The bizarre split between the band and the singer Geoff Tate was extremely well publicized so going into details is basically unnecessary. What’s important to mention is that as of now Tate is on one side and the rest of the band on the other are both allowed to release albums under Queensrÿche name. Well, at least until the court hearing later this year. The result of the hearing is extremely unpredictable so both versions of the band were busy to release the music under the band’s name while they still can. Tate was first to release the album (Frequency Unknown) few months back and the rushing has resulted in an odd release that doesn’t live up to the standards set by the band throughout their long career. The whole thing ended up in an album that sounded so bad that it was re-released digitally with a slightly improved mix. And here we are few months later and the other version of the band is ready with their album simply entitled Queensrÿche.
The band has recruited former Crimson King singer Todd La Torre as Tate’s replacement. Unlike Tate’s version of the band whose focus was on the second part of Queensrÿche’s heyday, this version of the band focuses on primarily on band’s first three albums.
Off the bat, it’s clear that sound-wise and when it comes to songwriting, Queensÿche are trying to appeal to band’s hardcore fans, who have been with the band from the start. And let it be said from the start that it’s a welcoming and perhaps also a long overdue approach. Not necessarily because the given era is superior, but rather because the it seems like perfect approach for a band that is so obviously hungry.
The album is produced by James “Jimbo” Barton, whose work on band’s masterpiece Promised Land is nothing short of well … masterful. The production on this album has nothing to do with that album, because Jimbo was set to capture the rawness and simplicity of band’s early records. As such the production is nothing outstanding, but it does capture that which is set to capture and therefore it’s successful.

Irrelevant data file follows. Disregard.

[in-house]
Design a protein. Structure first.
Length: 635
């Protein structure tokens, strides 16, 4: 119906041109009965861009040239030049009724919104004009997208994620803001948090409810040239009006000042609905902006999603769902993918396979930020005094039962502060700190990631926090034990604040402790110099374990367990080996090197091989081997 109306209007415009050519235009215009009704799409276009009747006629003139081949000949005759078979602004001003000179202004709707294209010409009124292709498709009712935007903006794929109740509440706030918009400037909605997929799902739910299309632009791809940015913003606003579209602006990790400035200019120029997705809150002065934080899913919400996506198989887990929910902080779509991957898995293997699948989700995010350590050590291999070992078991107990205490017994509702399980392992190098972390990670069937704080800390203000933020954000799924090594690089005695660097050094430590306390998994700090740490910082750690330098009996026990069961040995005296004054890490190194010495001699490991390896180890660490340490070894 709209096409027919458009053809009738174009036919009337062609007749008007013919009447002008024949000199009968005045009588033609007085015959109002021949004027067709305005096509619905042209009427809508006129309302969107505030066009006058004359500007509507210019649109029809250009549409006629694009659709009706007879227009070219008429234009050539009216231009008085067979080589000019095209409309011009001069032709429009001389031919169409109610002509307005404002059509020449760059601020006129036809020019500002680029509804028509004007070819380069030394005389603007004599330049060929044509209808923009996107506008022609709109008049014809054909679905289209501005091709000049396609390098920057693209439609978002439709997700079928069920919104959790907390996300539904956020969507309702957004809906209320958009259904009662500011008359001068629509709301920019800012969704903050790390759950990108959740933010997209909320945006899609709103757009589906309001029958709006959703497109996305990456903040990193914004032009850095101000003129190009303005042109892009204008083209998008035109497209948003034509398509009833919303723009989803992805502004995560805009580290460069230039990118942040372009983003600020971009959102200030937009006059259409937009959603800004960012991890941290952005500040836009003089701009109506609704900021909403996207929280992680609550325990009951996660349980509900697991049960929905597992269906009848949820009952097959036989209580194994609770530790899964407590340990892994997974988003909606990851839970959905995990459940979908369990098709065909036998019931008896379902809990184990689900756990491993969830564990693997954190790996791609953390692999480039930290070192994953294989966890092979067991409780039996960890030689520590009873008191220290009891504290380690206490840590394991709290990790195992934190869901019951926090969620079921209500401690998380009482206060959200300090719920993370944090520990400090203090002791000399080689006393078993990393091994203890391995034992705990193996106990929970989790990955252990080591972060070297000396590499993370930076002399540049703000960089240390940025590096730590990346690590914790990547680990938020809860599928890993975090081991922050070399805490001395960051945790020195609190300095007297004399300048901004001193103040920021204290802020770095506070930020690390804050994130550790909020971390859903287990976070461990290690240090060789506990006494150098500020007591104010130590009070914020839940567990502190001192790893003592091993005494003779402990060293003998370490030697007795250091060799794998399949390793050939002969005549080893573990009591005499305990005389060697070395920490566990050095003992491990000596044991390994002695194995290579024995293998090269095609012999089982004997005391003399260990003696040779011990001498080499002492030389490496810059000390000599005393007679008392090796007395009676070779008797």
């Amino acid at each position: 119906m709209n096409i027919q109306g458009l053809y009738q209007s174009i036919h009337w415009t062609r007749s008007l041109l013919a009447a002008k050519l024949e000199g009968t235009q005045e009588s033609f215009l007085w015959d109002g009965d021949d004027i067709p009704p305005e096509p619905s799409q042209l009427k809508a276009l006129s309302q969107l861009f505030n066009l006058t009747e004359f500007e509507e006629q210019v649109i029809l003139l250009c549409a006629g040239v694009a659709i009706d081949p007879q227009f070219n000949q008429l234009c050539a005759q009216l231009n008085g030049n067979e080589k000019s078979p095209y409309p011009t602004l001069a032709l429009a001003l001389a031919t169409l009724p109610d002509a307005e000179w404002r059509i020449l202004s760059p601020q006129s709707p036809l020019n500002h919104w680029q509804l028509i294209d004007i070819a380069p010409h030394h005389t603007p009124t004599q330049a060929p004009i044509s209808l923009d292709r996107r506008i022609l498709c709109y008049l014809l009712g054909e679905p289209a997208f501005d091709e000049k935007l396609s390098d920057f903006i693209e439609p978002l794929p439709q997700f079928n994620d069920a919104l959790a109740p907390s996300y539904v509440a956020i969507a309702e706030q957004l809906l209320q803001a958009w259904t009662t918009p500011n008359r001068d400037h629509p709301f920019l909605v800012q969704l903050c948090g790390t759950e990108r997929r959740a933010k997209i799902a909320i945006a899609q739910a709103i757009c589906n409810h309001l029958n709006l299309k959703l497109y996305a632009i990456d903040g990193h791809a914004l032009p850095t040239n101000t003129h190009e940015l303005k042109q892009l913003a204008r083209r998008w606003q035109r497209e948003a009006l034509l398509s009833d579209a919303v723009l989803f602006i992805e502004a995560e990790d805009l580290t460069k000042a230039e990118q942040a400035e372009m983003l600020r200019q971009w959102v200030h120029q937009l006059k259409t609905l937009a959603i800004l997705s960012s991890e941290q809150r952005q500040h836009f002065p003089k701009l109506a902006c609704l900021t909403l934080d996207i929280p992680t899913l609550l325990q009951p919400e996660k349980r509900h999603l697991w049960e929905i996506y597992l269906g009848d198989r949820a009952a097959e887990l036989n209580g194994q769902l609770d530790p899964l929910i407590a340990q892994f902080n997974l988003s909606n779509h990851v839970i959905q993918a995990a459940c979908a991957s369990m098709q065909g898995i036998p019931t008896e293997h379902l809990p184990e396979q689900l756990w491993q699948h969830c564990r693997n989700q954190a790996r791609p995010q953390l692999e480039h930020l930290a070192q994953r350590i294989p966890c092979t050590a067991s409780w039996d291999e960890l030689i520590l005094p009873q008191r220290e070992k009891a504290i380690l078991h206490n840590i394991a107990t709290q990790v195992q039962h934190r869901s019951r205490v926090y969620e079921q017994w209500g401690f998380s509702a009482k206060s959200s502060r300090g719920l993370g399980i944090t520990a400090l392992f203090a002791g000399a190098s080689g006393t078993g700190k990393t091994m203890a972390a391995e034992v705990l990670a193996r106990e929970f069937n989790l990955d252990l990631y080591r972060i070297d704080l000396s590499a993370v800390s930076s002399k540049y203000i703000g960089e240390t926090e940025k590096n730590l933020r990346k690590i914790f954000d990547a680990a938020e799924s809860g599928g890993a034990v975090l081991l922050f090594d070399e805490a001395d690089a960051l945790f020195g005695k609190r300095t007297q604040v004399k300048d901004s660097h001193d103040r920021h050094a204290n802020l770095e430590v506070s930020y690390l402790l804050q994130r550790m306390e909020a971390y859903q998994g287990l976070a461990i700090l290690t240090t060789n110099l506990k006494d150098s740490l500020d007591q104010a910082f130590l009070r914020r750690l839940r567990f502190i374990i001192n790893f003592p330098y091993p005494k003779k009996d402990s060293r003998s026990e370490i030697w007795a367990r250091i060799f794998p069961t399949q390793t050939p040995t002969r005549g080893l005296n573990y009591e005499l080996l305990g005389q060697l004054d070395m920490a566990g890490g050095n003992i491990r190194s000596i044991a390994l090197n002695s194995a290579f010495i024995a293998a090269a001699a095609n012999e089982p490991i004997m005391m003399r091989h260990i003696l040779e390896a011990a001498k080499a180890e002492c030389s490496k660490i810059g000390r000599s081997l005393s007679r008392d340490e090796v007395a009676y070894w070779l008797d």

Queensÿche clocks at only 35 minutes, but within that short framework the band delivers to the point. All the unnecessary fat has been trimmed and what’s left is concrete and to the point heavy metal music that despite such a short running time maintains depth as well as dramatic and even progressive feel. That’s actually truly impressive. Song-writing on the album is extremely good, even thou it comes with nothing new. Queensÿche is simply 100% Queensÿche.
La Torre’s voice and singing style are basically carbon-copy of Tate from the 80’s. That keeps him in Tate’s shadow, but his attitude and the fact that Tate didn’t sound like that for a long time now, in a weird way makes his performance his own.
Tate’s might have beaten this version of the band by releasing the album few months before, but the rushing resulted in him shooting himself in a foot on several levels. On the other hand this version of the band gave the fans that which they’ve longed after, for a long time and they did it not only by focusing on that early era of the band, but just as much by delivering an album that at the same time is simply a very good record.